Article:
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Kidney Int Suppl. 2001 Feb;78:S14-8.

Serum concentrations of asymmetric (ADMA) and symmetric (SDMA) dimethylarginine in renal failure patients.

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1
Department of Internal Medicine IV, and Institute of Pharmacology and Toxicology, University of Jena, Jena, Germany. CFLE@mti-n.uni-jena.de

Abstract

BACKGROUND:

Nitric oxide (NO) synthesis is inhibited by the ADMA that accumulates in the plasma of patients with renal failure; however, the concentration of SDMA also is enhanced. Therefore, it has been hypothesized that ADMA and SDMA may contribute to hypertension in these patients.

METHODS:

We measured the concentrations of ADMA, SDMA and 21 endogenous amino acids in 257 persons by high pressure liquid chromatography (HPLC).

RESULTS:

The plasma concentrations of both ADMA and SDMA were significantly elevated in patients with chronic renal failure (CRF). The increase was more pronounced for SDMA (2.05 +/- 0.1 micromol/L vs. 0.5 +/- 0.04 micromol/L), whereas it was only moderate for ADMA (0.85 +/- 0.03 micromol/L vs. 0.73 +/- 0.06 micromol/L). In dialysis patients, the concentrations were further increased (ADMA, 1.05 +/- 0.04 micromol/L; SDMA, 2.68 +/- 0.13 micromol/L). After kidney transplantation, the concentration of SDMA returned to the baseline value (1.15 +/- 0.11 micromol/L), but that of ADMA remained enhanced (0.99 +/- 0.06 micromol/L).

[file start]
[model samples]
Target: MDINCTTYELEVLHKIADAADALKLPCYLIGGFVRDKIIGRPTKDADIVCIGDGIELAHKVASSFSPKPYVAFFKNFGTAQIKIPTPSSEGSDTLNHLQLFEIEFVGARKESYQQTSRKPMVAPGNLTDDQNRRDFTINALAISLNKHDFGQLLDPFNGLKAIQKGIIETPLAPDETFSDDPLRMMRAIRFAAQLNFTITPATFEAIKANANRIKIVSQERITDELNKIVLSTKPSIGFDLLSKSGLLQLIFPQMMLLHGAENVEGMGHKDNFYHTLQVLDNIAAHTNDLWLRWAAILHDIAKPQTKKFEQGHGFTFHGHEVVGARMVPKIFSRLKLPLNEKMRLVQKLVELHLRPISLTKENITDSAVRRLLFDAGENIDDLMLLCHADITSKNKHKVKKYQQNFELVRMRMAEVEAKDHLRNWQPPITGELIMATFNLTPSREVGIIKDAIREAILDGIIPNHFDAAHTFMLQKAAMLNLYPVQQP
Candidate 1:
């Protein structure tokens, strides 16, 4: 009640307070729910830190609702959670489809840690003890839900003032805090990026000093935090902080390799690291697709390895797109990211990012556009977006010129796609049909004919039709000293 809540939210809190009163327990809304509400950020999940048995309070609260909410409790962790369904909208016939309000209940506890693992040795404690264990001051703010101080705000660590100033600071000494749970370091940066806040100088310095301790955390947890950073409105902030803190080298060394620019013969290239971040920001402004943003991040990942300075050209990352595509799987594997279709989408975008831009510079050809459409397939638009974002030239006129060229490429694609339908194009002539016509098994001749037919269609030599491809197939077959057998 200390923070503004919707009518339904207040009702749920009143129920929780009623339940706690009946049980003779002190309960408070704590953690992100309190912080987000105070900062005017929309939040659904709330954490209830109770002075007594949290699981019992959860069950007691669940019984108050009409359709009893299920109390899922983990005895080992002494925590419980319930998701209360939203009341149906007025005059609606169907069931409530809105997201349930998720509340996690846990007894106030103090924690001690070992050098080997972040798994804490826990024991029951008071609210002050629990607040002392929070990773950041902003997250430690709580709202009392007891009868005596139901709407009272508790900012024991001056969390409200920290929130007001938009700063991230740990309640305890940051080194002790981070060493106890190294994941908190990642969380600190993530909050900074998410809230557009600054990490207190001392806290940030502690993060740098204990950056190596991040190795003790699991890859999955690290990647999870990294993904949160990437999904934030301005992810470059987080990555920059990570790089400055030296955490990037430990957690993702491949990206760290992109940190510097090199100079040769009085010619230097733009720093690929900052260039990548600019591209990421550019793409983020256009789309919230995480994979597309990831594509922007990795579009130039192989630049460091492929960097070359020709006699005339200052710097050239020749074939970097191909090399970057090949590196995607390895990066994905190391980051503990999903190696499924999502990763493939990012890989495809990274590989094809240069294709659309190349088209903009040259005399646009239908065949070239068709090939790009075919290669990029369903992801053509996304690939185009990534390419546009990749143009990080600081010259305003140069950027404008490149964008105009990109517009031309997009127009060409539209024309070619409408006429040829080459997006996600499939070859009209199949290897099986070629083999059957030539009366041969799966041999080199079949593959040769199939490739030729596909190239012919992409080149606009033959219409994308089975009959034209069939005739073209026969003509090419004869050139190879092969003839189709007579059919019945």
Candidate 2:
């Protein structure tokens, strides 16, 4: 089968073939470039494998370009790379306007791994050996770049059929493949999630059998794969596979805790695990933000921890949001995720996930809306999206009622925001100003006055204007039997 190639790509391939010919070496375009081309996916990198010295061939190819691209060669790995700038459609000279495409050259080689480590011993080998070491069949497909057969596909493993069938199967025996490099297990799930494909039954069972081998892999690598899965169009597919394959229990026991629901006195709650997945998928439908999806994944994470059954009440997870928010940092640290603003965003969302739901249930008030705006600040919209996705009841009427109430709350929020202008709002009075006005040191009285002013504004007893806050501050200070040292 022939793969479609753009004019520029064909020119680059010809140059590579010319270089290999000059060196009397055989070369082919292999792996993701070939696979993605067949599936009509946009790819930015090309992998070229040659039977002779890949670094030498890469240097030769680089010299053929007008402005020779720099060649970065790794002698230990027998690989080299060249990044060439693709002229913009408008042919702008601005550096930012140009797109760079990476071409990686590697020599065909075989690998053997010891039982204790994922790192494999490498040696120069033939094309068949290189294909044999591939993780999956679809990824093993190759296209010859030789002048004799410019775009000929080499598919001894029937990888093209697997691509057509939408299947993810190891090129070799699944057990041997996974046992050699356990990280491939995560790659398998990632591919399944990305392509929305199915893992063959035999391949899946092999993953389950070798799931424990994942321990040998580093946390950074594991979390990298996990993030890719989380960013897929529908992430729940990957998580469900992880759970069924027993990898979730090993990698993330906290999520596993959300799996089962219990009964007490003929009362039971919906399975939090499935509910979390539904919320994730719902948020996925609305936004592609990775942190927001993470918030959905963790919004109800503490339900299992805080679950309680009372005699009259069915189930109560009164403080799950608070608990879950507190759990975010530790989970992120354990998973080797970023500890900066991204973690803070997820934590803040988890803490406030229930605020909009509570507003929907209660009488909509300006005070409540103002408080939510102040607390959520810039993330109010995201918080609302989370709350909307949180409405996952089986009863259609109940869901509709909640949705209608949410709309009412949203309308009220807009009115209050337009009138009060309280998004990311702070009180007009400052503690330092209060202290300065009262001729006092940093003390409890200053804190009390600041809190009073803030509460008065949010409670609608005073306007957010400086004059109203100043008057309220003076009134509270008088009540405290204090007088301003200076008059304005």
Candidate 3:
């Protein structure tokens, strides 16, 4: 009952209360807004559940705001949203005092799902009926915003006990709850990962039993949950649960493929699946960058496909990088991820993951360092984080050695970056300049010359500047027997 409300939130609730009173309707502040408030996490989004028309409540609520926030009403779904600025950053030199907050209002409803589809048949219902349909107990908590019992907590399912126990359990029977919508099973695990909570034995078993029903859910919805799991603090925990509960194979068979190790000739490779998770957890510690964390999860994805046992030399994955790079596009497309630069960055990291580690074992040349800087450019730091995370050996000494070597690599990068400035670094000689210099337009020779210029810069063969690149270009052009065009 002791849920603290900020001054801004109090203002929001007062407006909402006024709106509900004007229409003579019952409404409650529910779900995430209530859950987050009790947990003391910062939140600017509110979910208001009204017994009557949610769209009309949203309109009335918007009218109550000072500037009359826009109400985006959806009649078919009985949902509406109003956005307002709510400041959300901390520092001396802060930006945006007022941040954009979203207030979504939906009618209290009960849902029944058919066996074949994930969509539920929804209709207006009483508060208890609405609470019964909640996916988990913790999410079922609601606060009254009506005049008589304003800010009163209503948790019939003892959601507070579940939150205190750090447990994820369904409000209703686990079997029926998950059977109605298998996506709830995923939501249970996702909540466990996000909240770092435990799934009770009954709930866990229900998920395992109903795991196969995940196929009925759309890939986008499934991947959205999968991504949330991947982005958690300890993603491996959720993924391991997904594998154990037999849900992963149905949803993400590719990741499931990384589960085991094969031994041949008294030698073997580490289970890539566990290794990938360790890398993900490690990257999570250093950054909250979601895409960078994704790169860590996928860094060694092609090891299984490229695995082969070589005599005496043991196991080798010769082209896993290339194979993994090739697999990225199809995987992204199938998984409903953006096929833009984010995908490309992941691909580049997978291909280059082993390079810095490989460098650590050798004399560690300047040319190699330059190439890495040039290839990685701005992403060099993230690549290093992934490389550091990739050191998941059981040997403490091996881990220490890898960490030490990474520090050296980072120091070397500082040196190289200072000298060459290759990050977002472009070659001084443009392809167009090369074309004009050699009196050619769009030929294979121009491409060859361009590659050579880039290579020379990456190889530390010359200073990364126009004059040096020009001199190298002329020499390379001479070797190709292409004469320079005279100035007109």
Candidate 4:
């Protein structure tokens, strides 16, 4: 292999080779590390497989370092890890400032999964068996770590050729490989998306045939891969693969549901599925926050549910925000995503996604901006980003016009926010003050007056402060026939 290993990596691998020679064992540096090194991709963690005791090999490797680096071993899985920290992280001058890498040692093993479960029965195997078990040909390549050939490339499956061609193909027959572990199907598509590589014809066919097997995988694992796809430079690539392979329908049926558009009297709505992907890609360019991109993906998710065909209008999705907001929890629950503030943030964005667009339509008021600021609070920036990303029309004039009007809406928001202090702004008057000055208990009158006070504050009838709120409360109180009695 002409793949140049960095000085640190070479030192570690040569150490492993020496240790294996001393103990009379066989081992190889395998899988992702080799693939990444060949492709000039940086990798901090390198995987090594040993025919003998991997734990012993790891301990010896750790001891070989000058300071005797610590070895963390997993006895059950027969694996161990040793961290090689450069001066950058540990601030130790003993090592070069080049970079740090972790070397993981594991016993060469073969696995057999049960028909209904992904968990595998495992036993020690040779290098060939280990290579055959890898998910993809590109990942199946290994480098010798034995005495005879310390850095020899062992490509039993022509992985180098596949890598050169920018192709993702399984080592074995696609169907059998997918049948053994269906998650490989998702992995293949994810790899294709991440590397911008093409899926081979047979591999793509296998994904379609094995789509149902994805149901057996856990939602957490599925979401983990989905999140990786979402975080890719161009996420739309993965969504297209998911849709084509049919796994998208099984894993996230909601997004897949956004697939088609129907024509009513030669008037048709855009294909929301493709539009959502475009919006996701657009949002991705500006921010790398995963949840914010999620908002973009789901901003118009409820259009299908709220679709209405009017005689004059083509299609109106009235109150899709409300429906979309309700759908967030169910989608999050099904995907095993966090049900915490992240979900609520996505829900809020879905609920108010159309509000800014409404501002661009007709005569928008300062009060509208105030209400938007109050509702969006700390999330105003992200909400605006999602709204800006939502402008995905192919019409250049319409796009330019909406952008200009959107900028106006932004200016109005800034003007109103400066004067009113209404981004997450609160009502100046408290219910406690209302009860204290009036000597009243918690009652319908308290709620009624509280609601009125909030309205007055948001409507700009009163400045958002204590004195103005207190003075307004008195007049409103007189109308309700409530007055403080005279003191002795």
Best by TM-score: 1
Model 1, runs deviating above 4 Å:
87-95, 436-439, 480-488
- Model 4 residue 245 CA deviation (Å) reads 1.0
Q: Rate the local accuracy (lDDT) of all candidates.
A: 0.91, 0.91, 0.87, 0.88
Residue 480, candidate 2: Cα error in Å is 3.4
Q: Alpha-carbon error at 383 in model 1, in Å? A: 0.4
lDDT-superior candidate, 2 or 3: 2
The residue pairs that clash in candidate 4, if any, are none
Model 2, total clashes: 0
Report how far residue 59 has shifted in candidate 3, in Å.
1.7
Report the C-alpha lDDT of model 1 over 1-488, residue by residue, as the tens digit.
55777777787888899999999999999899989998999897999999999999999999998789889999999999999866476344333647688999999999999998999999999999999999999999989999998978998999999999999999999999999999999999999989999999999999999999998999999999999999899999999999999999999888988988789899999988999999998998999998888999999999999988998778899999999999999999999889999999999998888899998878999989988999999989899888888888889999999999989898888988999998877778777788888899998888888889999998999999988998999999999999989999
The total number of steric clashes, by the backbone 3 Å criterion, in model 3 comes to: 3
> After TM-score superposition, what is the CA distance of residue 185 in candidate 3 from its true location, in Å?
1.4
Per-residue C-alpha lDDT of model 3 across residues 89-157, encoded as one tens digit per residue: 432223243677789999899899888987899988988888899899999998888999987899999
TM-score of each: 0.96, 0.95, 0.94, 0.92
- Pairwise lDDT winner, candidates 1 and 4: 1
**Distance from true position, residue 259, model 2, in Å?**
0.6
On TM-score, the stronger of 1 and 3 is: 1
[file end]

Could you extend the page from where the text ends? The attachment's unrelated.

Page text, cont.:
CONCLUSIONS:

In CRF, especially the concentration of SDMA is significantly increased. Not only ADMA, but also SDMA are likely to be responsible for hypertension. Competition for reabsorption between SDMA and arginine within the kidney has to be considered for the interpretation of changes in the ratio between dimethylarginines and arginine in renal failure. Hemodialysis is not suitable for a long-lasting removal of methylarginines. Whether the administration of arginine could have promising effects on hypertension and complications of CRF needs to be studied in prospective trials.

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